Developer: Vigil Games
North American Release Date: 1/5/2010
European Release Date: 1/8/2010
On the surface Darksiders is a game about War, the first of the four horsemen of the Apocalypse. In the Darksiders universe the ruling body in the Universe is the Council, a group of ancient beings who balance the conflict between heaven, hell, and the human world by employing four horsemen to protect the balance and using seven seals as a pact to prevent war between the three kingdoms. When the seventh seal is broken, the Apocalypse starts and all 3 kingdoms will be judged.
Darksiders begins with War being summoned and the Apocalypse beginning, but it is very clear as you prowl the streets of New York killing Angel and Demon alike that something is wrong, this is further confirmed after the first boss fight, when you find out that the seven seals are all still intact and War was the only horseman summoned. The council blames you for the carnage and as a part of your punishment you have to bring those really responsible to justice or die trying. You are also given a ‘Watcher,’ who acts as your handler in this game, ensuring you are actually doing what you were instructed.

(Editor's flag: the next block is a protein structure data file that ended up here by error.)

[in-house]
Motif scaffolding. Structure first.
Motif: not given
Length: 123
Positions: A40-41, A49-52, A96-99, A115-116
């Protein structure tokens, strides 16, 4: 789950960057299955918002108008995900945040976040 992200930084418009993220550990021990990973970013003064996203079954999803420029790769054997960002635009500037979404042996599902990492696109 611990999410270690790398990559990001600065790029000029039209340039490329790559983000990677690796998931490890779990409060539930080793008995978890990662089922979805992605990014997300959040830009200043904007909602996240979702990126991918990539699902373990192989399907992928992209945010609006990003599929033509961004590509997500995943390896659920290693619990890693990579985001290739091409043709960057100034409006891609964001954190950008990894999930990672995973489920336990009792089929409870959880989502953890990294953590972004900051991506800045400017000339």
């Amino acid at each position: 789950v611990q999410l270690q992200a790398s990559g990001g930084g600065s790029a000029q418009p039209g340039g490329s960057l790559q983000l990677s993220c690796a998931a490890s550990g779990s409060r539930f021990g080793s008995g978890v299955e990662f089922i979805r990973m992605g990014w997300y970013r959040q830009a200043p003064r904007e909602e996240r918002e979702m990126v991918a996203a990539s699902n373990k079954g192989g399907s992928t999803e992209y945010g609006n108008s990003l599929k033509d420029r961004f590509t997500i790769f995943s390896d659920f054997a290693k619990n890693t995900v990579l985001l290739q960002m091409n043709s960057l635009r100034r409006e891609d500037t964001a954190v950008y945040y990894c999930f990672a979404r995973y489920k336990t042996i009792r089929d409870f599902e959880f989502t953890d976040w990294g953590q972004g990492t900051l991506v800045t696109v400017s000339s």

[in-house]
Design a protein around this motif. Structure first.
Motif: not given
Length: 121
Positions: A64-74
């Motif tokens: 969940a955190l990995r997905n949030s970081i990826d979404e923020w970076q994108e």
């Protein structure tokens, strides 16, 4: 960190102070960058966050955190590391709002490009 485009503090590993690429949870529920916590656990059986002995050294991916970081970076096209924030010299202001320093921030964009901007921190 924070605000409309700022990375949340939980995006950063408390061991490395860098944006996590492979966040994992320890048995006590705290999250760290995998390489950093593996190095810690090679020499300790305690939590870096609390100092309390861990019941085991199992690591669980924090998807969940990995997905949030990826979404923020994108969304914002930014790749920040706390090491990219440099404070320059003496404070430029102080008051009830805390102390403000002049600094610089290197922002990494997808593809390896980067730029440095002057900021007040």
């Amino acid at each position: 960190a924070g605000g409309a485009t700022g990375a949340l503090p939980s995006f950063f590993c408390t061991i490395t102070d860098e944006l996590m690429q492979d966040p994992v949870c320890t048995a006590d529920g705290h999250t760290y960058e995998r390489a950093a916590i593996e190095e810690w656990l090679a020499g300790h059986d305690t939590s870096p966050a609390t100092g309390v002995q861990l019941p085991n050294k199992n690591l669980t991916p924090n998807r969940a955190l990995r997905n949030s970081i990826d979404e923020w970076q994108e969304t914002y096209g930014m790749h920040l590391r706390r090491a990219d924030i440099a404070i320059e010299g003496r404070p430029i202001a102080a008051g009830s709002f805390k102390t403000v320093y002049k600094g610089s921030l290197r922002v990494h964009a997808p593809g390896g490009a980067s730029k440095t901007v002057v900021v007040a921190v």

When you are let loose on the world you find out the ‘Destroyer’ (read: Devil) is holed up in a great tower and Earth is now a wasteland plagued by war, a war which it seems the demons are winning. The tower is protected by 4 ‘Chosen’ demons and your quest quickly becomes their destruction, on your ultimate quest for revenge and justice.
This story is fairly straightforward and is not without its unexpected twists and turns, not to mention loose ends for an eventual Darksiders 2. Not to worry though, Darksider’s story is self-contained, it closes nicely. This part is actually one reason why I really like this story and single player experience. It is a great example of a group being able to make a game open to having a sequel, without leaving the entire story hanging off a cliff at the end of the game.
The singleplayer experience, storywise, is very well done. It’s not phenomenal and some of the character development (particularly with the ‘Chosen’) leaves something to be desired, but it is without a doubt interesting, and the plot twists will definitely take you by surprise. It’s a great example of old-school video-game story telling. The villain is a mysterious entity you have no real idea about (other than his name) until the end of the game, you know from the very start exactly where you are going and what you are doing… but the final villain is not revealed until the game’s final act. The story leading up to that point is all about War and his preparations for the battle, the Watcher, and the small supporting cast. It’s a great albeit simple way to build suspense and interest, while still keeping you feeling like the story is going somewhere.
The combat is focused on 3 buttons: you have your sword attacks, your alternate weapon attacks, and finally your special item. Each is assigned one button, and all combos dealing with that specific weapon are controlled with that button in conjunction with the joystick or shoulder buttons. It’s a simple combo system, you may only have 3 or 4, and instead when you level up your weapon it increases their damage or hits.